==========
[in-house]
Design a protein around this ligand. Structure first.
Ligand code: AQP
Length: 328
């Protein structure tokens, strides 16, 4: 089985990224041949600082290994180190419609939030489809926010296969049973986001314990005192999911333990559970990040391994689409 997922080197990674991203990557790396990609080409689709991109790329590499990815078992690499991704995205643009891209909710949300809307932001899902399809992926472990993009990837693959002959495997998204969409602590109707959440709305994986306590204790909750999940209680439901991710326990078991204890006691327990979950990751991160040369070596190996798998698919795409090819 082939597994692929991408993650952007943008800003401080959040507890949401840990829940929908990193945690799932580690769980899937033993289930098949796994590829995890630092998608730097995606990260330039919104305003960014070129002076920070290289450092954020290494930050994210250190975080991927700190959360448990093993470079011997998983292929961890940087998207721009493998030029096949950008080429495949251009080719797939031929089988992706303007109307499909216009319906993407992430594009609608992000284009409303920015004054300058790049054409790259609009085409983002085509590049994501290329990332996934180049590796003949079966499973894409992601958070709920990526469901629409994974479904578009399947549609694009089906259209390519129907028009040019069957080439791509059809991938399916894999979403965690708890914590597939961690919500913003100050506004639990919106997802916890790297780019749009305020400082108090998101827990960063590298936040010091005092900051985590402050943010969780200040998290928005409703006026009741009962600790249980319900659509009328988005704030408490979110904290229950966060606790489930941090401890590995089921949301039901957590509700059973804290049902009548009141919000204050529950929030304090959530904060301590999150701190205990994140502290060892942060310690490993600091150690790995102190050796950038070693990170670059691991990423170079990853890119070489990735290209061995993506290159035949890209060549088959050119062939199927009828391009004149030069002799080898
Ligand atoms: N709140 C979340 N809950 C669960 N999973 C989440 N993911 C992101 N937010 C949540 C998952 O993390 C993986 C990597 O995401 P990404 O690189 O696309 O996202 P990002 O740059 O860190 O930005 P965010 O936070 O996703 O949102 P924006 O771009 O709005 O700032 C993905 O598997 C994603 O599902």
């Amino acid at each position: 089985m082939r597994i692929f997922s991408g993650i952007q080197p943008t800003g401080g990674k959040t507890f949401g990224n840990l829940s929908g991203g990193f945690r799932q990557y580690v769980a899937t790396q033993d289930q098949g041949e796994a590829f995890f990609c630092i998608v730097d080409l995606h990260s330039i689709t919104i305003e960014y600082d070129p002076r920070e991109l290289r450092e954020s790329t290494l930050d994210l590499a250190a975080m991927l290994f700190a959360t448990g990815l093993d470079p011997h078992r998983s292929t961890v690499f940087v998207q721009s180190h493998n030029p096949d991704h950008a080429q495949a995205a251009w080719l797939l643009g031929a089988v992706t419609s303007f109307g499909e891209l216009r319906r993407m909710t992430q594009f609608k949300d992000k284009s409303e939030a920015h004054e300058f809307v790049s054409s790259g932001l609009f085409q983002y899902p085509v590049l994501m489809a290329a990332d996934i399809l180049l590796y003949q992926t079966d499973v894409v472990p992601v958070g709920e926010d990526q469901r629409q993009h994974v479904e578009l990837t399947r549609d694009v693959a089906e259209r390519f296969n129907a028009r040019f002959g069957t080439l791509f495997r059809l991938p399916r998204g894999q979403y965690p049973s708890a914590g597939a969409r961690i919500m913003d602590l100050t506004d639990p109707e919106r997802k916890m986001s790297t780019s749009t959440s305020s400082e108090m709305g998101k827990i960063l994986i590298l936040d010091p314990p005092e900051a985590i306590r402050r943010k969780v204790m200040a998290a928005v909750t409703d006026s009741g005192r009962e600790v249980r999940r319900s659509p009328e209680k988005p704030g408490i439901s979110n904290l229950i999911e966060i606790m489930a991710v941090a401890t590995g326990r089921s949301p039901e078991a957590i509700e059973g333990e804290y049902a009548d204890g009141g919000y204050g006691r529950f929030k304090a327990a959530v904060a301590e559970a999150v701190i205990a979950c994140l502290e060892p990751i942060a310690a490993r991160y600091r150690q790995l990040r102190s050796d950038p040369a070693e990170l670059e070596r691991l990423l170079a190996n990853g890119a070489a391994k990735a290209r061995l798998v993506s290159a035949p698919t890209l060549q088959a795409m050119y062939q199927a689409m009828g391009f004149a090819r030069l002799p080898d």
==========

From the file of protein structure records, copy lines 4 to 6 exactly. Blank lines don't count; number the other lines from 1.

Length: 328
């Protein structure tokens, strides 16, 4: 089985990224041949600082290994180190419609939030489809926010296969049973986001314990005192999911333990559970990040391994689409 997922080197990674991203990557790396990609080409689709991109790329590499990815078992690499991704995205643009891209909710949300809307932001899902399809992926472990993009990837693959002959495997998204969409602590109707959440709305994986306590204790909750999940209680439901991710326990078991204890006691327990979950990751991160040369070596190996798998698919795409090819 082939597994692929991408993650952007943008800003401080959040507890949401840990829940929908990193945690799932580690769980899937033993289930098949796994590829995890630092998608730097995606990260330039919104305003960014070129002076920070290289450092954020290494930050994210250190975080991927700190959360448990093993470079011997998983292929961890940087998207721009493998030029096949950008080429495949251009080719797939031929089988992706303007109307499909216009319906993407992430594009609608992000284009409303920015004054300058790049054409790259609009085409983002085509590049994501290329990332996934180049590796003949079966499973894409992601958070709920990526469901629409994974479904578009399947549609694009089906259209390519129907028009040019069957080439791509059809991938399916894999979403965690708890914590597939961690919500913003100050506004639990919106997802916890790297780019749009305020400082108090998101827990960063590298936040010091005092900051985590402050943010969780200040998290928005409703006026009741009962600790249980319900659509009328988005704030408490979110904290229950966060606790489930941090401890590995089921949301039901957590509700059973804290049902009548009141919000204050529950929030304090959530904060301590999150701190205990994140502290060892942060310690490993600091150690790995102190050796950038070693990170670059691991990423170079990853890119070489990735290209061995993506290159035949890209060549088959050119062939199927009828391009004149030069002799080898
Ligand atoms: N709140 C979340 N809950 C669960 N999973 C989440 N993911 C992101 N937010 C949540 C998952 O993390 C993986 C990597 O995401 P990404 O690189 O696309 O996202 P990002 O740059 O860190 O930005 P965010 O936070 O996703 O949102 P924006 O771009 O709005 O700032 C993905 O598997 C994603 O599902």